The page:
Your Section-by-Section Guide to Storing Foods in the Fridge, From the Upper Shelves to the Crisper Drawers
Keeping your fridge organized doesn't just make it easier for you to take stock of your inventory—it also has an impact on how long your foods and beverages stay fresh. While it may be tempting to throw a block of cheese on any shelf or keep a container of juice in the center console when you run out of room on the door, these actions can actually make grocery items perish faster.
To prevent this, it's important to know where exactly each food group—including drinks and condiments—should live in your fridge. "When you're considering organizing your fridge, it's important to take the first step of ensuring your fridge is set to a safe temperature," says Brittany Saunier, executive director at Partnership for Food Safety Education. "Using an appliance thermometer that you can find at most stores, set your fridge to 40 degrees or below. This temperature range slows down the growth of bacteria that may be on your food."
After ensuring the appliance is set to the correct temperature, begin organizing by moving certain grocery store staples—think dairy, meats and fish, and fruits and vegetables—into their designated areas in your fridge.
One of the most easily accessible areas of your fridge are the upper shelves, which is why it's the perfect spot for grab-and-go foods. "The upper shelves should be utilized to keep leftovers and ready-to-eat food items—foods that are intended for direct consumption with no cooking or other processing needed," says Carla L. Schwan, Ph.D., assistant professor and extension food safety specialist director at the National Center for Home Food Preservation.
Examples of foods that can be stored on the upper shelves include dips, leftover pizza, and deli-type salads, like coleslaw and potato salad.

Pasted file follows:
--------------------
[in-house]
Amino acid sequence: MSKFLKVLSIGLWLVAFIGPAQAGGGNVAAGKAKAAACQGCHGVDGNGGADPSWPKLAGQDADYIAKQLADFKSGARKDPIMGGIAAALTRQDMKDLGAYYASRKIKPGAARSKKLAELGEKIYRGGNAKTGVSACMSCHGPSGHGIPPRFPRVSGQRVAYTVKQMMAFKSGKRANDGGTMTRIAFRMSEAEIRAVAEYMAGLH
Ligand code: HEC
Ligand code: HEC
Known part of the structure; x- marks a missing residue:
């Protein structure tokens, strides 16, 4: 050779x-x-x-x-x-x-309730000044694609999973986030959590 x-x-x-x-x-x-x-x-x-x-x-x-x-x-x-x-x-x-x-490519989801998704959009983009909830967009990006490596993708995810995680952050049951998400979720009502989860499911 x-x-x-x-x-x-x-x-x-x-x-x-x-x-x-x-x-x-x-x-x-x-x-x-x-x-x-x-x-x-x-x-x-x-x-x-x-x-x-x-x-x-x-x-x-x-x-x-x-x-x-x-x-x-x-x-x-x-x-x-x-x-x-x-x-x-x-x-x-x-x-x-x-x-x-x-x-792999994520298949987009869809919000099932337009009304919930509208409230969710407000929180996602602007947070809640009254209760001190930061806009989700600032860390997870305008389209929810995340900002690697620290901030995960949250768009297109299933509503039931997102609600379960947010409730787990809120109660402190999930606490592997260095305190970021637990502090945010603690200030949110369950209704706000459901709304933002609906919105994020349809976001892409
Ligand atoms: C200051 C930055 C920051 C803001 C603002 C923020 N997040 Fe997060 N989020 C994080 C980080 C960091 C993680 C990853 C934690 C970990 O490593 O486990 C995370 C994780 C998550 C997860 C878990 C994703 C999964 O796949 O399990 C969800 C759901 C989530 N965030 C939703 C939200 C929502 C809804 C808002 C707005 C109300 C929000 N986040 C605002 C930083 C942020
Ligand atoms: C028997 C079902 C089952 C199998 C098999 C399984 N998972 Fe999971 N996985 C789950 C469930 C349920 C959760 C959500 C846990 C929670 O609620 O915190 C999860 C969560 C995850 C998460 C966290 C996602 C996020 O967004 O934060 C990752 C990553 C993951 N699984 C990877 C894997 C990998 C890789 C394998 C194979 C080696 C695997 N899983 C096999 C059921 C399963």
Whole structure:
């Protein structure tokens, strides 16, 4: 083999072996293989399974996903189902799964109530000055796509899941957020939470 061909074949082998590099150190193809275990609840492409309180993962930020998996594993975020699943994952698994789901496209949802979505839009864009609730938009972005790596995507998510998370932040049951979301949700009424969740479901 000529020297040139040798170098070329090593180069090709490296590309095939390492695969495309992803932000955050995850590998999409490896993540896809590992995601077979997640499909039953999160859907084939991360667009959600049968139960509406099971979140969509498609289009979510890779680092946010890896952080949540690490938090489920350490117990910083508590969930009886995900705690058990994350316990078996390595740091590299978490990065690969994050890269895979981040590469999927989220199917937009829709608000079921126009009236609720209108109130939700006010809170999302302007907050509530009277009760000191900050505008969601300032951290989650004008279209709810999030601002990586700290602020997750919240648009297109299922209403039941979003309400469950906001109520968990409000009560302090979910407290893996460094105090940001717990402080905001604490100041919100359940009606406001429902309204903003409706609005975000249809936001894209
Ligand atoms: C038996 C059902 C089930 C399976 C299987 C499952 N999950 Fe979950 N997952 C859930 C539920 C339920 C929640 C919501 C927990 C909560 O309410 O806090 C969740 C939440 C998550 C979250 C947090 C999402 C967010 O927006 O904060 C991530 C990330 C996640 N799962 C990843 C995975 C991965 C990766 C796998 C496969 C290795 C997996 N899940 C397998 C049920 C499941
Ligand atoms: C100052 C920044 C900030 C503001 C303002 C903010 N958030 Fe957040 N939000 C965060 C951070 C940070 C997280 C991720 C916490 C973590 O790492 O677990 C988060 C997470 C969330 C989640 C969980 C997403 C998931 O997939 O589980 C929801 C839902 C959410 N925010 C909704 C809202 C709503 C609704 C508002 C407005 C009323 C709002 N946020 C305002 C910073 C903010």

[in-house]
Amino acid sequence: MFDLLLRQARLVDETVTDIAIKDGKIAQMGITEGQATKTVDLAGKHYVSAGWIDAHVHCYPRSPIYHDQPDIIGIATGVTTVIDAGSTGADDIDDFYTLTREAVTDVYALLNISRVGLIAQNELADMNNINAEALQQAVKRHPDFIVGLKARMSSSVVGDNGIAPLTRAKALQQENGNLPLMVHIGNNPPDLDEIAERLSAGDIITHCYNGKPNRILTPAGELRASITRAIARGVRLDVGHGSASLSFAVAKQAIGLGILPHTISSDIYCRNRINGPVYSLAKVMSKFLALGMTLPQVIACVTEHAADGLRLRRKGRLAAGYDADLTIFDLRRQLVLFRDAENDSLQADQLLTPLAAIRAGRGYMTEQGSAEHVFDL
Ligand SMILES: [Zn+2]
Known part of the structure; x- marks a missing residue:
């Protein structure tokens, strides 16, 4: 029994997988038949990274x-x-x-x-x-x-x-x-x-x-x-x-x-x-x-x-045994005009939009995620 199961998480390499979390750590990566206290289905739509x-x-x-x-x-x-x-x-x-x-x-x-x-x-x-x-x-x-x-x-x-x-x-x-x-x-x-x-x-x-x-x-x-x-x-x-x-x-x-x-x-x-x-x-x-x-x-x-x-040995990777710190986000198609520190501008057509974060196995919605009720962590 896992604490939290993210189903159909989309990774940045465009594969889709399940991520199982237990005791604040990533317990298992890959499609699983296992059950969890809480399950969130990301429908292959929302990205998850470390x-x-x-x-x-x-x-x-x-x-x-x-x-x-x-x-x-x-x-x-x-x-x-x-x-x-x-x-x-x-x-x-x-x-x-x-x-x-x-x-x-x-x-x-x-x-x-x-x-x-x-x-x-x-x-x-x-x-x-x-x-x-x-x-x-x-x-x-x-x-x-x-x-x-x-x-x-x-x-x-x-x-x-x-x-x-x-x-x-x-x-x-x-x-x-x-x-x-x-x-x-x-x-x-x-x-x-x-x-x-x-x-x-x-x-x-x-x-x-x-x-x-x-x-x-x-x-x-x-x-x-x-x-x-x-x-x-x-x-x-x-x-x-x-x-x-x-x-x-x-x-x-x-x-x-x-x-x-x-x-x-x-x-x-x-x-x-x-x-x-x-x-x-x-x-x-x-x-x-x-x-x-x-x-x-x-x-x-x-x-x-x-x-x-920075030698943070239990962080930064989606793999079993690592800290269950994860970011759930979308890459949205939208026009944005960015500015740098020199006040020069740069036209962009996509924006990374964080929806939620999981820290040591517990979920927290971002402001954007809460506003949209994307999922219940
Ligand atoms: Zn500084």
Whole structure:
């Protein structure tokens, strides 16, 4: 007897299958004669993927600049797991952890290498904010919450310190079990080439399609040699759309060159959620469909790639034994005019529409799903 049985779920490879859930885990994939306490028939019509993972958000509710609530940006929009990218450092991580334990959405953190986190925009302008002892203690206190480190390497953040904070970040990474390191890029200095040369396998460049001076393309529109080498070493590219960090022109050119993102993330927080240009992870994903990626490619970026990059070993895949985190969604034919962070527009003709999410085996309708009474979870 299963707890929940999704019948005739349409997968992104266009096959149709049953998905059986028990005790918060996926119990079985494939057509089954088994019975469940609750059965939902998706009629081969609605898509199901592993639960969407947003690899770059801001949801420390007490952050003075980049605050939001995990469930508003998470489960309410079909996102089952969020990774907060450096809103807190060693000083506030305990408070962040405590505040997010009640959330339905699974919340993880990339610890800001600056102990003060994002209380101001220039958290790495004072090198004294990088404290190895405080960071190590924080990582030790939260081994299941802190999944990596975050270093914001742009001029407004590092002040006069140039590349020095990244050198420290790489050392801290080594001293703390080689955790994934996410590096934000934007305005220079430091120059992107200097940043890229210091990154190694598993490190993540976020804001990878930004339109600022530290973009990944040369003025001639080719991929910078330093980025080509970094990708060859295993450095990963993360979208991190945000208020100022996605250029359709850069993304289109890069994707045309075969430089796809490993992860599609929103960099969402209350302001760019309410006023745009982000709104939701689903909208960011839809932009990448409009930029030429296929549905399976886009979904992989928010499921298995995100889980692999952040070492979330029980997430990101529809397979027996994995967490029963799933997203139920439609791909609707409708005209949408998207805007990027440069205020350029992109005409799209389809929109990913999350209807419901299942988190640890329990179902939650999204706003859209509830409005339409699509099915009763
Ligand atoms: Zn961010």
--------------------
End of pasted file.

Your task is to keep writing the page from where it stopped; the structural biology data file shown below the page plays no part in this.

The middle shelves of your refrigerator are where the temperature is the coldest and the most consistent. According to Schwan, the coldness slows the growth of spoilage (which leads food to deterioration) and pathogenic organisms (which make you sick). For that reason, she says dairy products like milk, eggs, and cheese should be stored there.
Like the middle shelves, the temperature on the bottom shelves of your appliance is also consistently cold. For that reason, raw meats, poultry, and fish should be kept on the lower levels of your fridge. "Additionally, by storing raw meats and poultry on the bottom shelves, you also reduce the risk of cross contamination by preventing the meat juices from dripping on top of other food items that may not be cooked at higher temperatures than meats and poultry," says Schwan.
The crisper drawers in your fridge should be reserved for fruits and vegetables because they're designed for effectively controlling humidity. Schwan says that some newer models have at least two crisper drawers that are classified into low and high humidity. "The low humidity drawer is designed to introduce some airflow, while the high humidity drawer is closed off completely," she says.
Fruits and vegetables release ethylene, a gas that promotes the ripening process of produce. Some fruits and vegetables produce excess ethylene—cantaloupes, peaches, avocados, kiwi, papayas, apples, and pears—and should be kept in the low humidity drawer. "Its design introduces airflow and removes some of the ethylene from the drawer, keeping the produce fresher longer," Schwan says.
Some fruits and vegetables are more sensitive to ethylene than others—think strawberries, broccoli, lettuce, peppers, cucumbers, squash, and sweet potatoes—and will ripen and spoil faster. The high humidity drawer is where these foods should be kept.
"Its design is closed off completely and prevents the loss of moisture from vegetable tissues, allowing produce to stay fresher longer," Schwan says. If your fridge doesn't have these two subsections, just be sure to keep high ethylene-producing fruits and vegetables away from those that are sensitive to the gas.
Just as there's a coldest area in your fridge, there's also a warmest spot: The doors. "For this reason, the fridge door shelves should be utilized to store items that can endure temperature fluctuation and will not spoil as quickly," says Schwan. She recommends keeping condiments (ketchup, mustard, mayo, and dressings) as well as nonperishable drinks (bottled water, soda), in this section of your fridge.